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Functional respiratory imaging to assess the interaction between systemic roflumilast and inhaled ICS/LABA/LAMA

Authors Vos W, Hajian B, de Backer J, van Holsbeke C, Vinchurkar S, Claes R, Hufkens A, Parizel P, Bedert L, De Backer W

Received 5 August 2015

Accepted for publication 10 December 2015

Published 4 February 2016 Volume 2016:11(1) Pages 263—271

DOI https://doi.org/10.2147/COPD.S93830

Checked for plagiarism Yes

Review by Single anonymous peer review

Peer reviewer comments 2

Editor who approved publication: Dr Richard Russell


A short summary of how functional respiratory imaging works.

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Wim Vos,1 Bita Hajian,2 Jan De Backer,1 Cedric Van Holsbeke,1 Samir Vinchurkar,1 Rita Claes,2 Annemie Hufkens,2 Paul M Parizel,3 Lieven Bedert,4 Wilfried De Backer2

1FLUIDDA nv, Groeningenlei, Kontich, 2Department of Respiratory Medicine, 3Department of Radiology, University Hospital Antwerp, Wilrijkstraat, Edegem, 4Department of Respiratory Medicine, ZNA Middelheim Hospital, Antwerp, Belgium

Background: Patients with COPD show a significant reduction of the lobar hyperinflation at the functional residual capacity level in the patients who improved >120 mL in forced expiratory volume in 1 second (FEV1) after 6 months of treatment with roflumilast in addition to inhaled corticosteroids (ICSs)/long-acting beta-2 agonists (LABAs)/long-acting muscarinic antagonists (LAMAs).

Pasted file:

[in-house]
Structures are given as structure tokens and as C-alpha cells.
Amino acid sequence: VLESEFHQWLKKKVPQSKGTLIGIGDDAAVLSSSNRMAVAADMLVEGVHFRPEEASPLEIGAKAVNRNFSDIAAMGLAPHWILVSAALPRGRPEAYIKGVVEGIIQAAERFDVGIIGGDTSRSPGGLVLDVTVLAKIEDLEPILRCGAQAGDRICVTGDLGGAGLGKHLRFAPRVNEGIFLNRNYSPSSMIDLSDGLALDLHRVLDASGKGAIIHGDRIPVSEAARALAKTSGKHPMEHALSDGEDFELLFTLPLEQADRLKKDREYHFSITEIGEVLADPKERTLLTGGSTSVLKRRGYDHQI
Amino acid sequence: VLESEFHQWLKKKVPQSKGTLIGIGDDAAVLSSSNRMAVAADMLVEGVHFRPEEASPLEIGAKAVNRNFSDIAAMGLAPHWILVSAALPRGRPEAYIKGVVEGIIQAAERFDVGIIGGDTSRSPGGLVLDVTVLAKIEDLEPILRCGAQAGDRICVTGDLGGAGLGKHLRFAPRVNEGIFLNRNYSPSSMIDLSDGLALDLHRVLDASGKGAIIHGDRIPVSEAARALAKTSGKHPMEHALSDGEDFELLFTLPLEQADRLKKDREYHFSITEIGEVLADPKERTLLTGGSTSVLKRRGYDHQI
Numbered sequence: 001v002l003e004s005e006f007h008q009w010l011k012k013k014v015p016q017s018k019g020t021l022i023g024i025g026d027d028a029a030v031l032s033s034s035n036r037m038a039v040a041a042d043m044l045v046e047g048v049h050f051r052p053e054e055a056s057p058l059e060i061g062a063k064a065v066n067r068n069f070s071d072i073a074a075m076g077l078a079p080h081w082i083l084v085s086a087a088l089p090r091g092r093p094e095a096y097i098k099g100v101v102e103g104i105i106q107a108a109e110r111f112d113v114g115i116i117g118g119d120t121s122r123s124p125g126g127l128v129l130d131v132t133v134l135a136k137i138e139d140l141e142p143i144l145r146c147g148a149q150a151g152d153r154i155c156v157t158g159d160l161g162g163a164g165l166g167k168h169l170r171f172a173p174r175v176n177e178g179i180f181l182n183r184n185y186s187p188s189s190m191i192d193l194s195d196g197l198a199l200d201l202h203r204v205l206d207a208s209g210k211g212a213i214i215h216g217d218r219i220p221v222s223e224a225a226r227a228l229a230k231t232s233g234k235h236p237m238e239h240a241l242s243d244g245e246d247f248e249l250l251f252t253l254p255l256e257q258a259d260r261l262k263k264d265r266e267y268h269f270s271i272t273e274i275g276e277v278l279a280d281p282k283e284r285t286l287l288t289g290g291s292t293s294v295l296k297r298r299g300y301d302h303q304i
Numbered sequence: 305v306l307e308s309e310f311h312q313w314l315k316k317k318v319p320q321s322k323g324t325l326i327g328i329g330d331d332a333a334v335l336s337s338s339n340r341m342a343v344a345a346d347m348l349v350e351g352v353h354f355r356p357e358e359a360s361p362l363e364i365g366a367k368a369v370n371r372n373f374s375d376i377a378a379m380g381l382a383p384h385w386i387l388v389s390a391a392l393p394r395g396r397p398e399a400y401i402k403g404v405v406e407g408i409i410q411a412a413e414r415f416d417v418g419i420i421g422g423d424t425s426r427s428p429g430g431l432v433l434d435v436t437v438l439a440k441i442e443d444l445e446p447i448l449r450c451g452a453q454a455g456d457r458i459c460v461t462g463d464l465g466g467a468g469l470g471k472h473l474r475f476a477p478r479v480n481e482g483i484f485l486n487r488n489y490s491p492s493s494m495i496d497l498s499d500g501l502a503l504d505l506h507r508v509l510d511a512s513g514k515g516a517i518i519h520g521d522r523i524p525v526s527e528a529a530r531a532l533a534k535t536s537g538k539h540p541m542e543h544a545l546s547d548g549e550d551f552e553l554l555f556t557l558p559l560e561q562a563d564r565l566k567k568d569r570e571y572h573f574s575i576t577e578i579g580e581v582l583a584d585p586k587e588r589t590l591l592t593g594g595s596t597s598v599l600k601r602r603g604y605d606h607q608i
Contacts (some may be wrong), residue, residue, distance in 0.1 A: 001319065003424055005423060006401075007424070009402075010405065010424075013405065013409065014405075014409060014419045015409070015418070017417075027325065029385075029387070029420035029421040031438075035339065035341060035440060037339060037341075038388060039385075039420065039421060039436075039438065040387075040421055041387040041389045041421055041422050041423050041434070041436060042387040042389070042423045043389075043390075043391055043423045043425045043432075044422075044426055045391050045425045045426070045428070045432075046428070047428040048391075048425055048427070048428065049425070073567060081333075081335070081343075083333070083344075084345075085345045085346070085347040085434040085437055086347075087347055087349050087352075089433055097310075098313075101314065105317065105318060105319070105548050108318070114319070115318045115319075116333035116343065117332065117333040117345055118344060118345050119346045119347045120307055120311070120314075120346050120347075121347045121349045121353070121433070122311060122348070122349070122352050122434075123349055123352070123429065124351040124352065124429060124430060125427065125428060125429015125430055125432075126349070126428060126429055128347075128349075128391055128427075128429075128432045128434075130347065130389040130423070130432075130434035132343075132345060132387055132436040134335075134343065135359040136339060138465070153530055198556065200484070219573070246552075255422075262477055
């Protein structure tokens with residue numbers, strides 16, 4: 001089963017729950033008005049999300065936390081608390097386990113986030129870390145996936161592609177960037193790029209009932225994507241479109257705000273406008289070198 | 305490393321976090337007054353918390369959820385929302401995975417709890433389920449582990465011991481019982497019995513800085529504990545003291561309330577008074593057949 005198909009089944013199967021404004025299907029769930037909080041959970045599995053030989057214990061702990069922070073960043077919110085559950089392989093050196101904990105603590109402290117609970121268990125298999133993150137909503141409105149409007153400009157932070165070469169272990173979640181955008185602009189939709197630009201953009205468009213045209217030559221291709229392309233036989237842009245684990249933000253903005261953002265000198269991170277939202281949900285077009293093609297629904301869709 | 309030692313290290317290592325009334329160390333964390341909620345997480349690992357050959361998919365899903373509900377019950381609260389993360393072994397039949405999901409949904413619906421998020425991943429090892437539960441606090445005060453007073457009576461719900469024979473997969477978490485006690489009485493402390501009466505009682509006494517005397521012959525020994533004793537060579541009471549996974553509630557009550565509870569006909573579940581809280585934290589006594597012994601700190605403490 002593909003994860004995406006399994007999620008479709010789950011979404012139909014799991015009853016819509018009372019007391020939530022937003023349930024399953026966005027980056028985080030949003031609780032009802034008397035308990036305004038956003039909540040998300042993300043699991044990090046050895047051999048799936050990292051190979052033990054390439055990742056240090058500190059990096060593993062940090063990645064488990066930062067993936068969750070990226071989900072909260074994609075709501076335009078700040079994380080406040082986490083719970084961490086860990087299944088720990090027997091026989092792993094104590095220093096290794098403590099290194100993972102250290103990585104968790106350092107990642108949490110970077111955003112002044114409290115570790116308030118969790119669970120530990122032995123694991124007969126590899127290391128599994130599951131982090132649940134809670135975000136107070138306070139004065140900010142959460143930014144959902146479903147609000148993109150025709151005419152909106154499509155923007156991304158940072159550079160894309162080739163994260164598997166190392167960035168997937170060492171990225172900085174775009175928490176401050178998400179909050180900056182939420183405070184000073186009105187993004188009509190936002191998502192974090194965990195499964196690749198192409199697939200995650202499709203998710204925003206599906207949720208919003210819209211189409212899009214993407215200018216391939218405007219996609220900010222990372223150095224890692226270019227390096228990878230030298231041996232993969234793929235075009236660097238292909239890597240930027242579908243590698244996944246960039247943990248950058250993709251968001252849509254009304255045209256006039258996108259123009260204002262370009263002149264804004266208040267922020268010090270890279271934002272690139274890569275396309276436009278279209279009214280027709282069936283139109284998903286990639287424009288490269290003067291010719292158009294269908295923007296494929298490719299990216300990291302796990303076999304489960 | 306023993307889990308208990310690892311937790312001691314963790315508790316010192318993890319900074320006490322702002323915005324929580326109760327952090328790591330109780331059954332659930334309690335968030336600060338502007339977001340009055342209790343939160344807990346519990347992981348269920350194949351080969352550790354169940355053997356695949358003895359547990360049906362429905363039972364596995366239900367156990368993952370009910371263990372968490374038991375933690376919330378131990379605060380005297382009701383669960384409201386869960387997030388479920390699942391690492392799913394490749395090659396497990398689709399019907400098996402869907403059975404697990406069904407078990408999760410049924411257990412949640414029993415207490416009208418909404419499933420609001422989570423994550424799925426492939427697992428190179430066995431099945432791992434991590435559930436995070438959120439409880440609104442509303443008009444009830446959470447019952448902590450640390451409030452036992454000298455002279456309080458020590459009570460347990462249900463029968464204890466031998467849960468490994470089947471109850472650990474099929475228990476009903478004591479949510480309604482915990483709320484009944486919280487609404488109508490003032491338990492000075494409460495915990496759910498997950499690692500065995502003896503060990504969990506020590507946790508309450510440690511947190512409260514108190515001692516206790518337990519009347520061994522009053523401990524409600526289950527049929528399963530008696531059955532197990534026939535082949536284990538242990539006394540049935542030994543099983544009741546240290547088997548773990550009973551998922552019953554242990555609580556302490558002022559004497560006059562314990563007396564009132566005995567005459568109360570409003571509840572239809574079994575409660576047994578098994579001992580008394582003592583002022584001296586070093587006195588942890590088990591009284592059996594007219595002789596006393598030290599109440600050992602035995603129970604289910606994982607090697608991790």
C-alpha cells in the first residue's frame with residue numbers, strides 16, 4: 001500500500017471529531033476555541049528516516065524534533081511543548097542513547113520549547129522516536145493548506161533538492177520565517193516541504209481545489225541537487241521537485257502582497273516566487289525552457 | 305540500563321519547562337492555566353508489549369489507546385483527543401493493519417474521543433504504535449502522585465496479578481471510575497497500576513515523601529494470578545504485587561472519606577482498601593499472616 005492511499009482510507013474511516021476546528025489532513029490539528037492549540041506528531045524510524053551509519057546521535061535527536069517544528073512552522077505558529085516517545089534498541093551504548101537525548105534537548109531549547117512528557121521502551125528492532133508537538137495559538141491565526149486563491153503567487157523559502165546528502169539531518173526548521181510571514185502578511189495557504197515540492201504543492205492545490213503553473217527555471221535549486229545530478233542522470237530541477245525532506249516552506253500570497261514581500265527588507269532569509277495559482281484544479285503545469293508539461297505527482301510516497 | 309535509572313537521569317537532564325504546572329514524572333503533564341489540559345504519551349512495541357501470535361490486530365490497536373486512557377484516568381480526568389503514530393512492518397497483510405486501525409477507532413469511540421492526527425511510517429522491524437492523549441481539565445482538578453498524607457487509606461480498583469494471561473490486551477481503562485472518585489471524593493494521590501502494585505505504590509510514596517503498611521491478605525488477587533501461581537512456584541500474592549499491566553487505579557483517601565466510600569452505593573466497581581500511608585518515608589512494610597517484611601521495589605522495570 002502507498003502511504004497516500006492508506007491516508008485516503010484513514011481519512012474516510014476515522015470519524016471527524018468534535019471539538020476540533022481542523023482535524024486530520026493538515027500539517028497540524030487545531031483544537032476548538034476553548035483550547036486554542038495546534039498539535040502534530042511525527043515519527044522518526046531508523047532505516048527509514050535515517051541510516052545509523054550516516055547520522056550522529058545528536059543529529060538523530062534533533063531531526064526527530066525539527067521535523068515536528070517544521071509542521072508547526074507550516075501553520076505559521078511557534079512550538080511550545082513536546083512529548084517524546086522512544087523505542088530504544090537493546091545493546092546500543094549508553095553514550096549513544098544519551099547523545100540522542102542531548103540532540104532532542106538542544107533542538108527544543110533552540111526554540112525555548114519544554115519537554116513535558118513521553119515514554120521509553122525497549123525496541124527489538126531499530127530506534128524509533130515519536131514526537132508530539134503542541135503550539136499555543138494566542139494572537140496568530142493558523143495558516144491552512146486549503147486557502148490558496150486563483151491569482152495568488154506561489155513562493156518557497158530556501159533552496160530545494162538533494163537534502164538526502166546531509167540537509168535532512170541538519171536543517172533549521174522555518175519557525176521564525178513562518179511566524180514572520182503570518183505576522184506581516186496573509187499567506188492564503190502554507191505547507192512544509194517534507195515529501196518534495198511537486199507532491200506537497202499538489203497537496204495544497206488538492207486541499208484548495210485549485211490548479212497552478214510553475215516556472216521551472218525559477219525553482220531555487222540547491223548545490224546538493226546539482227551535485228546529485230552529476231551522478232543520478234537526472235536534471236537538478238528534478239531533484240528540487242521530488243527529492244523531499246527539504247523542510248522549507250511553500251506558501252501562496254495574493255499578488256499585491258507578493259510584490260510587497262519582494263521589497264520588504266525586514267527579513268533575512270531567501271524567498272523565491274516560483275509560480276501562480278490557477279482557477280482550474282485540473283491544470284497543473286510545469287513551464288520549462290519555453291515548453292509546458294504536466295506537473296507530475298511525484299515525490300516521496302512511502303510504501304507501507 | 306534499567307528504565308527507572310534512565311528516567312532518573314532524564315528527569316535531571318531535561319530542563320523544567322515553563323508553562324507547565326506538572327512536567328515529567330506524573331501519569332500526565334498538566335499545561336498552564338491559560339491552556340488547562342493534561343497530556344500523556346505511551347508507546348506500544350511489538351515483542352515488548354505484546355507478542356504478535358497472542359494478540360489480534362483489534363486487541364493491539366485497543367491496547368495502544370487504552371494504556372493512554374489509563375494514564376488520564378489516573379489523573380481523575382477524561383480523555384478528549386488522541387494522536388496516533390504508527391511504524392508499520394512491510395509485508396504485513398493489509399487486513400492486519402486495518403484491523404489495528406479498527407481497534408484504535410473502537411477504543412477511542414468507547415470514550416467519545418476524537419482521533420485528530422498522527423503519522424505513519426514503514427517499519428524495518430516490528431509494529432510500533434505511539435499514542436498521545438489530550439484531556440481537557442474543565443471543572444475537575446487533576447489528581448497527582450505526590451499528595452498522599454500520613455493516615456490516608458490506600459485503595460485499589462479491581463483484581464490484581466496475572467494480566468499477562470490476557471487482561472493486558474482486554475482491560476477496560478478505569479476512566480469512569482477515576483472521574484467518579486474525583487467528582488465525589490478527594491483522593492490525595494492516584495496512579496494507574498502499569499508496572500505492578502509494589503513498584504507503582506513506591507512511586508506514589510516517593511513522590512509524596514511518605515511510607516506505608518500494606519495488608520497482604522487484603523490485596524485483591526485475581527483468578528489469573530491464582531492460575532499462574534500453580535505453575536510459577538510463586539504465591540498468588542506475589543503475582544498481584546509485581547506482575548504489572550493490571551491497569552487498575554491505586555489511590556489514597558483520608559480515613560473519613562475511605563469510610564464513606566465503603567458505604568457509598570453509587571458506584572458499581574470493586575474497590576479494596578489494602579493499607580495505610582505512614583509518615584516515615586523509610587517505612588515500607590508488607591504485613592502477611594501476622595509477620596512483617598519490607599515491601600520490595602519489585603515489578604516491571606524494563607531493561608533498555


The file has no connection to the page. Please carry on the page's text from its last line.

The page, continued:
Methods: Functional respiratory imaging was used to quantify lobar hyperinflation, blood vessel density, ventilation, aerosol deposition, and bronchodilation. To investigate the exact mode of action of roflumilast, correlations between lobar and global measures have been tested using a mixed-model approach with nested random factors and Pearson correlation, respectively.
Results: The reduction in lobar hyperinflation appears to be associated with a larger blood vessel density in the respective lobes (t=−2.154, P=0.040); lobes with a higher percentage of blood vessels reduce more in hyperinflation in the responder group. Subsequently, it can be observed that lobes that reduce in hyperinflation after treatment are better ventilated (t=−5.368, P<0.001). Functional respiratory imaging (FRI)-based aerosol deposition showed that enhanced ventilation leads to more peripheral particle deposition of ICS/LABA/LAMA in the better-ventilated areas (t=2.407, P=0.024). Finally, the study showed that areas receiving more particles have increased FRI-based bronchodilation (t=2.564, P=0.017), leading to an increase in FEV1 (R=0.348, P=0.029).
Conclusion: The study demonstrated that orally administered roflumilast supports the reduction of regional hyperinflation in areas previously undertreated by inhalation medication. The local reduction in hyperinflation induces a redistribution of ventilation and aerosol deposition, leading to enhanced efficacy of the concomitant ICS/LABA/LAMA therapy. FRI appears to be a sensitive tool to describe the mode of action of novel compounds in chronic obstructive pulmonary disease. Future studies need to confirm the enhanced sensitivity and the potential of FRI parameters to act as surrogates for clinically relevant, but more difficult to measure, end points such as exacerbations.